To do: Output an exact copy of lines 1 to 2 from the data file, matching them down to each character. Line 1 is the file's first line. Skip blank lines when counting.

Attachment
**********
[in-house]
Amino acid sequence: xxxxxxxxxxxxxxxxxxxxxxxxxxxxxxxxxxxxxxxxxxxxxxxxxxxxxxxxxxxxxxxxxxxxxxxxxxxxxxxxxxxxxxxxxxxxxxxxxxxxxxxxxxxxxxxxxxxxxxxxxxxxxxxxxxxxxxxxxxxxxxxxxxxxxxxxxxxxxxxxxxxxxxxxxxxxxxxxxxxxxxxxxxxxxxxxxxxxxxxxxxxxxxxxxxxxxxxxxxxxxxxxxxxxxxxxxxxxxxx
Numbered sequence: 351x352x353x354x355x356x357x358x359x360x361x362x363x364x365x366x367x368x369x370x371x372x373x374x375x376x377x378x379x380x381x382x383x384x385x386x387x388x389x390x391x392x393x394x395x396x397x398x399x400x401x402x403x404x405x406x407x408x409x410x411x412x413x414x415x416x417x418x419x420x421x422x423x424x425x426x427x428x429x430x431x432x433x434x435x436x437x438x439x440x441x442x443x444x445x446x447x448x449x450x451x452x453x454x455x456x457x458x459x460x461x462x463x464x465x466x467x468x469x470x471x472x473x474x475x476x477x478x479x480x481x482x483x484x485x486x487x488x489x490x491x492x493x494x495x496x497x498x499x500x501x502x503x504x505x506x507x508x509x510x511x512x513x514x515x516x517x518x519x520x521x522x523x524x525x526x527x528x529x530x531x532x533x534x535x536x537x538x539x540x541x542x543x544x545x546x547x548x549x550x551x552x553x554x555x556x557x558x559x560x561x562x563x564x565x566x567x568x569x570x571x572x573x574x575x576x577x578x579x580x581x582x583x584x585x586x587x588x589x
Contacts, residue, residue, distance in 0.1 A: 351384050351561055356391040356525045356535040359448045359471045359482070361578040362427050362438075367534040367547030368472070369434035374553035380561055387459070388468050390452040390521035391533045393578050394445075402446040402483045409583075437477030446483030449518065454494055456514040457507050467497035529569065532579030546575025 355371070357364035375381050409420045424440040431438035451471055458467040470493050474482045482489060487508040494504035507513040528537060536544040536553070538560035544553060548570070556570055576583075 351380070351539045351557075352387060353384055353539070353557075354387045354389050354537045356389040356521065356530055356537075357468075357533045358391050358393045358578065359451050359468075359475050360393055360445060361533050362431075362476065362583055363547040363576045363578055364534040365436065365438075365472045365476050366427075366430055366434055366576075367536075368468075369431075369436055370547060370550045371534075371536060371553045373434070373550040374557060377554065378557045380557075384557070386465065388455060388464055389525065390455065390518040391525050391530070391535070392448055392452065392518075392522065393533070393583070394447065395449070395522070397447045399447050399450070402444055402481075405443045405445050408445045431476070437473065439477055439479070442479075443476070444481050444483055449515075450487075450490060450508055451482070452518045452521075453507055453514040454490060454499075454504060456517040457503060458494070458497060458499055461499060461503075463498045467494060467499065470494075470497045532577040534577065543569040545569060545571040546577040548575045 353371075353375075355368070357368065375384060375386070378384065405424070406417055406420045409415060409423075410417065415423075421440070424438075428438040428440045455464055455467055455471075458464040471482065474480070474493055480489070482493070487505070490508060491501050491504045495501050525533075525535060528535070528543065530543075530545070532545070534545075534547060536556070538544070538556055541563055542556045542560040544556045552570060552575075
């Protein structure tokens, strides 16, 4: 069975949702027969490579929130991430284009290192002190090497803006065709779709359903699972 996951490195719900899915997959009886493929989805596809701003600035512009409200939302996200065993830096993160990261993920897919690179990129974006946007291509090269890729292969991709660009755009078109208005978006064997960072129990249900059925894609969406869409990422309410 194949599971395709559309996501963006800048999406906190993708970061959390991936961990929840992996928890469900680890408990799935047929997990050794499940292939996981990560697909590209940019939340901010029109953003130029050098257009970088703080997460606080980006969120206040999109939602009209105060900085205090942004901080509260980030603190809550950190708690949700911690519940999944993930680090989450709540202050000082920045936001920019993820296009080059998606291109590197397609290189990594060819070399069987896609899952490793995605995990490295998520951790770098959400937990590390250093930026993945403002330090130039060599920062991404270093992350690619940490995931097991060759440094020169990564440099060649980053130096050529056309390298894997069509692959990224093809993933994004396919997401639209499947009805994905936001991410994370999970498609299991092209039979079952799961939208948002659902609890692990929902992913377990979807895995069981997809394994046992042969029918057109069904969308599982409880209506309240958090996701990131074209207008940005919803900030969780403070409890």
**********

[in-house]
Amino acid sequence: xxxxxxxxxxxxxxxxxxxxxxxxxxxxxxxxxxxxxxxxxxxxxxxxxxxxxxxxxxxxxxxxxxxxxxxxxxxxxxxxxxxxxxxxxxxxxxxxxxxxxxxxxxxxxxxxxxxxxxxxxxxxxxxxxxxxxxxxxxxxxxxxxxxxxxxxxxxxxxxxxxxxxxxxxxxxxxxxxxxxxxxxxxxxxxxxxxxxxxxxxxxxxxxxxxxxxxxxxxxxxxxxxxxxxxxxxxxxxxx